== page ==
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Why Are There So Many Mosquito-Like Bugs With Long Legs Within And Around Southern Arizona Homes This Spring?

For the past several weeks, many Tucson residents have noticed what appear to be mosquitoes with long legs flying around their porch lights and even within their homes. These nuisance insects are commonly known as “crane flies,” and more than 15,000 species of these flies have been documented. Crane flies belong to the Tipulidae family in the Diptera order, and entomologists with the University of Arizona state that these flies frequently become abundant following wet winters.

Tucson crane Fly

Crane flies are flies in the family Tipulidae. They are insects and look similar to large mosquitoes but, unlike mosquitoes, they do not bite people or animals

Crane flies spend the vast majority of their lives as larvae dwelling in wet soil, wet leaves and around water bodies. In fact, their larval stage can last as long as three years, and while adults are considered a nuisance within and around homes, larvae are considered beneficial due to their habit of  recycling decaying organic matter within soil, such as dead vegetation. Heavy winter and early spring rain see large numbers of crane fly larvae develop within large fields and residential lawns, especially heavily irrigated lawns. After developing into the adults that Tucsonians are seeing now, they live for a short time for the sole purpose of mating and laying eggs. Occasionally, adults will drink water or feed on nectar, but they are not known for biting humans.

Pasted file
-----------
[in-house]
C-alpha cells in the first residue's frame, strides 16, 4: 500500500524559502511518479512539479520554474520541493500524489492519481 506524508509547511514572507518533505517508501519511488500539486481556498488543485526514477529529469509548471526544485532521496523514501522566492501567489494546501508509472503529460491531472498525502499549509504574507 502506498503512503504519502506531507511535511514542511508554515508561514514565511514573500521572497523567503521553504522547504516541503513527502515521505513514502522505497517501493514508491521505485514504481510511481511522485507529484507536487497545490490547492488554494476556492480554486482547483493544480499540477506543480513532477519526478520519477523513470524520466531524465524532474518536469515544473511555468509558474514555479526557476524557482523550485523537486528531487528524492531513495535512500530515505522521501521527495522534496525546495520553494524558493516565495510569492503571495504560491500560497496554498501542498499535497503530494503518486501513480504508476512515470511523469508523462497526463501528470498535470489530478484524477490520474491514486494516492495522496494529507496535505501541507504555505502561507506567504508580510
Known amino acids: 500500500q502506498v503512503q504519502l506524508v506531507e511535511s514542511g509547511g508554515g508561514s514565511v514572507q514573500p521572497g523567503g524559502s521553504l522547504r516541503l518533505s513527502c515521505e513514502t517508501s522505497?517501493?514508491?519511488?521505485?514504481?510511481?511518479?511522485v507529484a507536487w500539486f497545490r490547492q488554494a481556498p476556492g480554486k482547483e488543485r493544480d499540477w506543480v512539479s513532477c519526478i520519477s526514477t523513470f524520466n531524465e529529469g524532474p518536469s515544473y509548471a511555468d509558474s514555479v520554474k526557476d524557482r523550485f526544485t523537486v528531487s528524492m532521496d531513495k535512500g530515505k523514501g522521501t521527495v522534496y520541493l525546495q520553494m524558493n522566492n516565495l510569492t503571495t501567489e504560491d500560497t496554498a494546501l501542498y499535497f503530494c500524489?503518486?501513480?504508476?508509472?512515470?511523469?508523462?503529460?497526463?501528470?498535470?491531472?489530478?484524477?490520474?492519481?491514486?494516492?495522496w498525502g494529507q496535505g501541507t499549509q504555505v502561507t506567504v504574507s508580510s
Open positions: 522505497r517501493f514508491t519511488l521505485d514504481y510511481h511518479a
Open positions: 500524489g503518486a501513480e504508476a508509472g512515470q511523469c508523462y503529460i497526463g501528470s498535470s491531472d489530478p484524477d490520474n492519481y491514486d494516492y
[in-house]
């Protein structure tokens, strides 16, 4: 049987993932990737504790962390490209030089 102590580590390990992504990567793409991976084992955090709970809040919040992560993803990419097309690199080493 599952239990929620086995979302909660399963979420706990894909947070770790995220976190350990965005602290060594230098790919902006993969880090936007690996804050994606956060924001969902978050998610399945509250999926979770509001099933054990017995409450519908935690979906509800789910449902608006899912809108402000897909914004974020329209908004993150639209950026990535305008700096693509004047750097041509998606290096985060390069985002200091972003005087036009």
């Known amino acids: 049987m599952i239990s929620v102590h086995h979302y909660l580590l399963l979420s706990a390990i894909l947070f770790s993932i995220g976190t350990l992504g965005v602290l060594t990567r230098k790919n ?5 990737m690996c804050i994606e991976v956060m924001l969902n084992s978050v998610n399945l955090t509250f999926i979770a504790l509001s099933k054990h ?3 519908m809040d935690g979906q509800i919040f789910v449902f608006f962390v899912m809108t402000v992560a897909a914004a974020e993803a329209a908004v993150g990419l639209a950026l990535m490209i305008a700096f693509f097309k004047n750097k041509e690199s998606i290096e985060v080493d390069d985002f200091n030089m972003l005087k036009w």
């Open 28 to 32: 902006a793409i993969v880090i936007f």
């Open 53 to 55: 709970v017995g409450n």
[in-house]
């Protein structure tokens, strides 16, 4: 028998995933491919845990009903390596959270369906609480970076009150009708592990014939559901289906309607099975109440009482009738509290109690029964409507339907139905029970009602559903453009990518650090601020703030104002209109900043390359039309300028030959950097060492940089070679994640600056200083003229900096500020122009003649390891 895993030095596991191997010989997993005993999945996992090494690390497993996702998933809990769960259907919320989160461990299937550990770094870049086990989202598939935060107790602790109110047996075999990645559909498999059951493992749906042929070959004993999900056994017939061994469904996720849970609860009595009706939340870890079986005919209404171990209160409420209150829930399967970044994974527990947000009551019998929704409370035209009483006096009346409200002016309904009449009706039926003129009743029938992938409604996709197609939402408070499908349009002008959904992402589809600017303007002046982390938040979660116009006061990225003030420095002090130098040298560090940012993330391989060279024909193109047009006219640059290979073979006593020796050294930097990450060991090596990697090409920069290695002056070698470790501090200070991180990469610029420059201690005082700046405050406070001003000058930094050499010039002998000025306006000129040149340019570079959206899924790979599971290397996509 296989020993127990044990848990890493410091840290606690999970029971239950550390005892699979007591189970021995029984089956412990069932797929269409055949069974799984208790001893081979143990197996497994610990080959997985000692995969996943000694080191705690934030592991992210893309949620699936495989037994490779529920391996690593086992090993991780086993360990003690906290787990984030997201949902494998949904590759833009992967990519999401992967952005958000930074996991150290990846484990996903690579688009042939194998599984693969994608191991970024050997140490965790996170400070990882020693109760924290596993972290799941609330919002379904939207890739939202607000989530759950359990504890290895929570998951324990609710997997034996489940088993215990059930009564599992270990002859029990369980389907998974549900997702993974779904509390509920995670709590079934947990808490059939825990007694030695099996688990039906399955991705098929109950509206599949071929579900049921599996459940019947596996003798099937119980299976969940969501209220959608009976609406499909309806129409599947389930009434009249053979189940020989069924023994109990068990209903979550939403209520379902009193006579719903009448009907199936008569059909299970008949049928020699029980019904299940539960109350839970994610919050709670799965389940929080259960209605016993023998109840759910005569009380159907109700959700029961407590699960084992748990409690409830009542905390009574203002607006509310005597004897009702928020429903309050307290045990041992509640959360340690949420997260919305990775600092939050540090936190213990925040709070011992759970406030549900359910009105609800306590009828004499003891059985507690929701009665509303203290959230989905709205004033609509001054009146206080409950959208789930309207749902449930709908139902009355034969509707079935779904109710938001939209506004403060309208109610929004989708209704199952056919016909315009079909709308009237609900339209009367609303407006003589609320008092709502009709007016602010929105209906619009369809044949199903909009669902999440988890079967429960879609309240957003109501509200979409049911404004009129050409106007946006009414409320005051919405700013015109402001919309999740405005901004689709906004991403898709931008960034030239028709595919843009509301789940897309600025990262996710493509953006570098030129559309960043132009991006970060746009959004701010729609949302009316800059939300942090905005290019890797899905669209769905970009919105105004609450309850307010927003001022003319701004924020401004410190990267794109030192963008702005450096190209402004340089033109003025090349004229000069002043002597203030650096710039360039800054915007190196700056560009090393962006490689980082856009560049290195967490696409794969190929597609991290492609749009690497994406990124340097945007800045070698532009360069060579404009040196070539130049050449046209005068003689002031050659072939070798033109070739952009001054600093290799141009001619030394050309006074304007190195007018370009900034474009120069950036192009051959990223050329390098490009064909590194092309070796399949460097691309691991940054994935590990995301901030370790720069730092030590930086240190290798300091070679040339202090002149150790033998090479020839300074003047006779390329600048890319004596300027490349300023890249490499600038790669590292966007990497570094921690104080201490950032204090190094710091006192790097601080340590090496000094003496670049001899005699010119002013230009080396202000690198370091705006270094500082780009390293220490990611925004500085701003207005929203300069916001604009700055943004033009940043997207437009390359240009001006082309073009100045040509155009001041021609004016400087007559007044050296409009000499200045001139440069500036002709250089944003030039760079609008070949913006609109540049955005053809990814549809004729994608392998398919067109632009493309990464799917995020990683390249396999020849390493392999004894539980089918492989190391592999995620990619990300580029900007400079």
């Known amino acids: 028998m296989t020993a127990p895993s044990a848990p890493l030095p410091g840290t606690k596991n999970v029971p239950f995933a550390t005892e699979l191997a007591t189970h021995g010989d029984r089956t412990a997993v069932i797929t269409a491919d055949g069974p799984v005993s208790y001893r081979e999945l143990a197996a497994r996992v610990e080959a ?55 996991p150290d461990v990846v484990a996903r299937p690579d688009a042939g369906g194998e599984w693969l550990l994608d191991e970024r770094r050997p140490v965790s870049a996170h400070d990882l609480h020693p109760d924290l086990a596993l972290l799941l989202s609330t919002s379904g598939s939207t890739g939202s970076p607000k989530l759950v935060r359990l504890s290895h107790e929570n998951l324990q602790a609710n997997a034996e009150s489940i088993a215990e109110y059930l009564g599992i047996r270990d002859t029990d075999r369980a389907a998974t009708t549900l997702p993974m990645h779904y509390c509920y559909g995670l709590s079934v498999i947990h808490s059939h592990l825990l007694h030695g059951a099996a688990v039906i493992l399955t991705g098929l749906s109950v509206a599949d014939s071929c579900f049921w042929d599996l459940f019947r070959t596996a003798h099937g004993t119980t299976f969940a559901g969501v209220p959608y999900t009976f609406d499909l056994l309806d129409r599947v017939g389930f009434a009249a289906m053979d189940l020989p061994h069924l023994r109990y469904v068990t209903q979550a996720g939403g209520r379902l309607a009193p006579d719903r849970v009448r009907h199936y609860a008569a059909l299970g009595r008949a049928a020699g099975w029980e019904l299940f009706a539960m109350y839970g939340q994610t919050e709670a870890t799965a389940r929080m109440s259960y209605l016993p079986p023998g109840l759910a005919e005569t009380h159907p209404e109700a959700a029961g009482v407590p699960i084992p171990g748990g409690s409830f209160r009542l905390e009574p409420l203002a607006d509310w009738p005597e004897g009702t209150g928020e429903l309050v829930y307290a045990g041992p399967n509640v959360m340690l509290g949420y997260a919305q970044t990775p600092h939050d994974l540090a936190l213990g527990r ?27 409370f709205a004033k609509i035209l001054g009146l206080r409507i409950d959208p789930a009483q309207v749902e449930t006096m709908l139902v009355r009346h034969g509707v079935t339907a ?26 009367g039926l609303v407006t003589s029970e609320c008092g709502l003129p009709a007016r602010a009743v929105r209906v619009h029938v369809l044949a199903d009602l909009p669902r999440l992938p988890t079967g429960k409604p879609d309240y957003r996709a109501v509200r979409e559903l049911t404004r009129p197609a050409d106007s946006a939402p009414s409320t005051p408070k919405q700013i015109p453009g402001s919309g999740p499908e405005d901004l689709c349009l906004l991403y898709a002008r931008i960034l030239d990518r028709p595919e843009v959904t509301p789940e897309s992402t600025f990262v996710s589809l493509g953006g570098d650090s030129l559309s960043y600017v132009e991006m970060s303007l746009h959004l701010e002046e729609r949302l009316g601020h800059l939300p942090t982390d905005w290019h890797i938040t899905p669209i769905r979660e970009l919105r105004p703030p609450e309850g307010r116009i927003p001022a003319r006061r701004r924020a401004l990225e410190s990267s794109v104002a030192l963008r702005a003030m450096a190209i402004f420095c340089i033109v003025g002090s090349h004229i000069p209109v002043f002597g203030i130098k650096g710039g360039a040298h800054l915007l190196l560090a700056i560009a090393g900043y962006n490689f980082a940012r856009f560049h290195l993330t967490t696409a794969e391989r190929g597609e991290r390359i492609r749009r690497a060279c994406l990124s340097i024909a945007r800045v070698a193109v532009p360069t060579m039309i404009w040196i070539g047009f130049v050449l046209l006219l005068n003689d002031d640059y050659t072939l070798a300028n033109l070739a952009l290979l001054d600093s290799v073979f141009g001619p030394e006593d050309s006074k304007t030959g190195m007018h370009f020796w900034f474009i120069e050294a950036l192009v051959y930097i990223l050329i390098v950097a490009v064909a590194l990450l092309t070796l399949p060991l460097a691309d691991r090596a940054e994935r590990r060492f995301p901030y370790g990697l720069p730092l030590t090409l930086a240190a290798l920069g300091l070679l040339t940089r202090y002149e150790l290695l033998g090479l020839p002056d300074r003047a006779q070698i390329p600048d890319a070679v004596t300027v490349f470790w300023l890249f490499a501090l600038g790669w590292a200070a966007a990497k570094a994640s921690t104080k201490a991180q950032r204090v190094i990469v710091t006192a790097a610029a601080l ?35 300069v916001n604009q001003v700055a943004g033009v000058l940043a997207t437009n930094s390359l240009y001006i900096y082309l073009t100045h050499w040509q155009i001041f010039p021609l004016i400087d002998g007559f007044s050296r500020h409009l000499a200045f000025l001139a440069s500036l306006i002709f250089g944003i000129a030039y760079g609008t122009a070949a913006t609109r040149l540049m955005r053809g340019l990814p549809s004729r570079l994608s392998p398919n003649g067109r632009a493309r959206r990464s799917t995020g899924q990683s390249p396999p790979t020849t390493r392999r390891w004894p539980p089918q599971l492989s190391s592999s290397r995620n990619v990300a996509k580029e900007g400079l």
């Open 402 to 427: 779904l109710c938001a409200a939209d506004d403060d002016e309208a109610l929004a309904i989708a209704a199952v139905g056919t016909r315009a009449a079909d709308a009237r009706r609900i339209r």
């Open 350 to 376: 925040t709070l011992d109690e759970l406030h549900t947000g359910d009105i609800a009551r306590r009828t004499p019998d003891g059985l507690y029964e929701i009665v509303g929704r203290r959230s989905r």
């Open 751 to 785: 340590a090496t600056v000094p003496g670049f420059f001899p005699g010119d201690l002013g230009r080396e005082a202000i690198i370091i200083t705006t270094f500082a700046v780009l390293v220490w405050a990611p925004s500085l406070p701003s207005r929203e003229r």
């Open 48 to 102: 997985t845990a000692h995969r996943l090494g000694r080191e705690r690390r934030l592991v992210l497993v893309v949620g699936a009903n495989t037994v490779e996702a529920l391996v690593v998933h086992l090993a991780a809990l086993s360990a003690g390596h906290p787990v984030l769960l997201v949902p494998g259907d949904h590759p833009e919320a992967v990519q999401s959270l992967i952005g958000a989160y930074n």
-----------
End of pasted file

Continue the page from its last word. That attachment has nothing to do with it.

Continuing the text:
November, December and January saw unusually frequent bouts of rainfall, which contributed to the growth of grass and wildflowers throughout Tucson. This vegetation and the consistently moist soil allowed larvae to develop rapidly, and in great numbers, which is why massive numbers of adults are now active throughout the city. During dry years, larvae remain dormant in soil, and they can remain dormant for multiple consecutive years until moist conditions allow them to develop into winged adults. 2018 was a particularly dry year in southern Arizona, so it is no surprise that a large number of adult crane flies emerged following the wet 2019/2020 winter and early spring season.

Have you been experiencing nuisance issues with crane flies within and/or around your home?

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